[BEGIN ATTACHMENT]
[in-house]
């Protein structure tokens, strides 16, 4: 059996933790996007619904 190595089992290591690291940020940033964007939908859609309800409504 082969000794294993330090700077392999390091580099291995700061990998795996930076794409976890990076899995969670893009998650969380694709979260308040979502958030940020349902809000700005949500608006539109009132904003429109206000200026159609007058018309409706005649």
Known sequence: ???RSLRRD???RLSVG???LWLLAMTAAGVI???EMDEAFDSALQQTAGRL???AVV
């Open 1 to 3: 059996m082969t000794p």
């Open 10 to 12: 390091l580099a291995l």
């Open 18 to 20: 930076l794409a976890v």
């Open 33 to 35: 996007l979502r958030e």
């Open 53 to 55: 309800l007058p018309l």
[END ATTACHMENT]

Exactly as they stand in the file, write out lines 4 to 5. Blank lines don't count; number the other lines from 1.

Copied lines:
């Open 1 to 3: 059996m082969t000794p």
């Open 10 to 12: 390091l580099a291995l």